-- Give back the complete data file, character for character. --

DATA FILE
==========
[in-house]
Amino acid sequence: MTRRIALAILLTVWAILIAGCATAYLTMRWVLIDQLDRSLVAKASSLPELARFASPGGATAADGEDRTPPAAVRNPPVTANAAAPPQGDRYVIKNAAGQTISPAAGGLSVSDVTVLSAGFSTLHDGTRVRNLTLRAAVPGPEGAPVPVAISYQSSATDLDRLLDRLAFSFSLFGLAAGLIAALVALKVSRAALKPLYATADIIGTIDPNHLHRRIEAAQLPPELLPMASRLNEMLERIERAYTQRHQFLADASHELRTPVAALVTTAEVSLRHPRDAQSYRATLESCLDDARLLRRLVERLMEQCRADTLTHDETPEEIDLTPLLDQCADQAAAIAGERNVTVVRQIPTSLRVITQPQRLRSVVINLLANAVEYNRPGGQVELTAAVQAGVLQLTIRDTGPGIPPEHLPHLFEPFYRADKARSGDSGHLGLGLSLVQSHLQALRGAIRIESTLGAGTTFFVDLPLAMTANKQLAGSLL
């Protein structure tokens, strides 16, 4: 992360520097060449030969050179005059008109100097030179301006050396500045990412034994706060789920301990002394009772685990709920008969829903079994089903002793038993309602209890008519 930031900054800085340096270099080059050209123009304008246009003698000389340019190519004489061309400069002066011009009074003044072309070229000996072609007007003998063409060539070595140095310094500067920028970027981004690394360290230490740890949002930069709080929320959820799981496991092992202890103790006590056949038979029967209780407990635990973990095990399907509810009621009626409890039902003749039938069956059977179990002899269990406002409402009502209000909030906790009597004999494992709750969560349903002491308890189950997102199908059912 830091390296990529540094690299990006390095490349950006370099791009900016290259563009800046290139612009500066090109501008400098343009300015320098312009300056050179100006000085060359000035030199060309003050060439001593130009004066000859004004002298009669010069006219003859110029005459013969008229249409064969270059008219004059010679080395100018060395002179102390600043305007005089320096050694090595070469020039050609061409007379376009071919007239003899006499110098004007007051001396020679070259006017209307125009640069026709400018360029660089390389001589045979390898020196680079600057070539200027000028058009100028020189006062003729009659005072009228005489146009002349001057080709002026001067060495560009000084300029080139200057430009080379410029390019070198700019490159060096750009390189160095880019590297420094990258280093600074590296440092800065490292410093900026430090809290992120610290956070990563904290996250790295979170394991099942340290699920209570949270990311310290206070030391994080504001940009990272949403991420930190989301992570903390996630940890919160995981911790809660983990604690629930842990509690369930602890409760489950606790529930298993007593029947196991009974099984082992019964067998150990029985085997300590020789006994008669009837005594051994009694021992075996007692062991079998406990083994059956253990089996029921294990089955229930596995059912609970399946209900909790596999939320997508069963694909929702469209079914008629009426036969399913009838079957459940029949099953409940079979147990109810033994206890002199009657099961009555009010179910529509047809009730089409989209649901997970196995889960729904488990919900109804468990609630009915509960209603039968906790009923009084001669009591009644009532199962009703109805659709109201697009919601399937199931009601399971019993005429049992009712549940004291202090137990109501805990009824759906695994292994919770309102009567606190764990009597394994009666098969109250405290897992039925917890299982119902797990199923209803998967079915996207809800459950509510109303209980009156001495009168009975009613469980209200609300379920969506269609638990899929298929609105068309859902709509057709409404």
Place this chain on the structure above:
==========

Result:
[in-house]
Amino acid sequence: MTRRIALAILLTVWAILIAGCATAYLTMRWVLIDQLDRSLVAKASSLPELARFASPGGATAADGEDRTPPAAVRNPPVTANAAAPPQGDRYVIKNAAGQTISPAAGGLSVSDVTVLSAGFSTLHDGTRVRNLTLRAAVPGPEGAPVPVAISYQSSATDLDRLLDRLAFSFSLFGLAAGLIAALVALKVSRAALKPLYATADIIGTIDPNHLHRRIEAAQLPPELLPMASRLNEMLERIERAYTQRHQFLADASHELRTPVAALVTTAEVSLRHPRDAQSYRATLESCLDDARLLRRLVERLMEQCRADTLTHDETPEEIDLTPLLDQCADQAAAIAGERNVTVVRQIPTSLRVITQPQRLRSVVINLLANAVEYNRPGGQVELTAAVQAGVLQLTIRDTGPGIPPEHLPHLFEPFYRADKARSGDSGHLGLGLSLVQSHLQALRGAIRIESTLGAGTTFFVDLPLAMTANKQLAGSLL
């Protein structure tokens, strides 16, 4: 992360520097060449030969050179005059008109100097030179301006050396500045990412034994706060789920301990002394009772685990709920008969829903079994089903002793038993309602209890008519 930031900054800085340096270099080059050209123009304008246009003698000389340019190519004489061309400069002066011009009074003044072309070229000996072609007007003998063409060539070595140095310094500067920028970027981004690394360290230490740890949002930069709080929320959820799981496991092992202890103790006590056949038979029967209780407990635990973990095990399907509810009621009626409890039902003749039938069956059977179990002899269990406002409402009502209000909030906790009597004999494992709750969560349903002491308890189950997102199908059912 830091390296990529540094690299990006390095490349950006370099791009900016290259563009800046290139612009500066090109501008400098343009300015320098312009300056050179100006000085060359000035030199060309003050060439001593130009004066000859004004002298009669010069006219003859110029005459013969008229249409064969270059008219004059010679080395100018060395002179102390600043305007005089320096050694090595070469020039050609061409007379376009071919007239003899006499110098004007007051001396020679070259006017209307125009640069026709400018360029660089390389001589045979390898020196680079600057070539200027000028058009100028020189006062003729009659005072009228005489146009002349001057080709002026001067060495560009000084300029080139200057430009080379410029390019070198700019490159060096750009390189160095880019590297420094990258280093600074590296440092800065490292410093900026430090809290992120610290956070990563904290996250790295979170394991099942340290699920209570949270990311310290206070030391994080504001940009990272949403991420930190989301992570903390996630940890919160995981911790809660983990604690629930842990509690369930602890409760489950606790529930298993007593029947196991009974099984082992019964067998150990029985085997300590020789006994008669009837005594051994009694021992075996007692062991079998406990083994059956253990089996029921294990089955229930596995059912609970399946209900909790596999939320997508069963694909929702469209079914008629009426036969399913009838079957459940029949099953409940079979147990109810033994206890002199009657099961009555009010179910529509047809009730089409989209649901997970196995889960729904488990919900109804468990609630009915509960209603039968906790009923009084001669009591009644009532199962009703109805659709109201697009919601399937199931009601399971019993005429049992009712549940004291202090137990109501805990009824759906695994292994919770309102009567606190764990009597394994009666098969109250405290897992039925917890299982119902797990199923209803998967079915996207809800459950509510109303209980009156001495009168009975009613469980209200609300379920969506269609638990899929298929609105068309859902709509057709409404």
Place this chain on the structure above: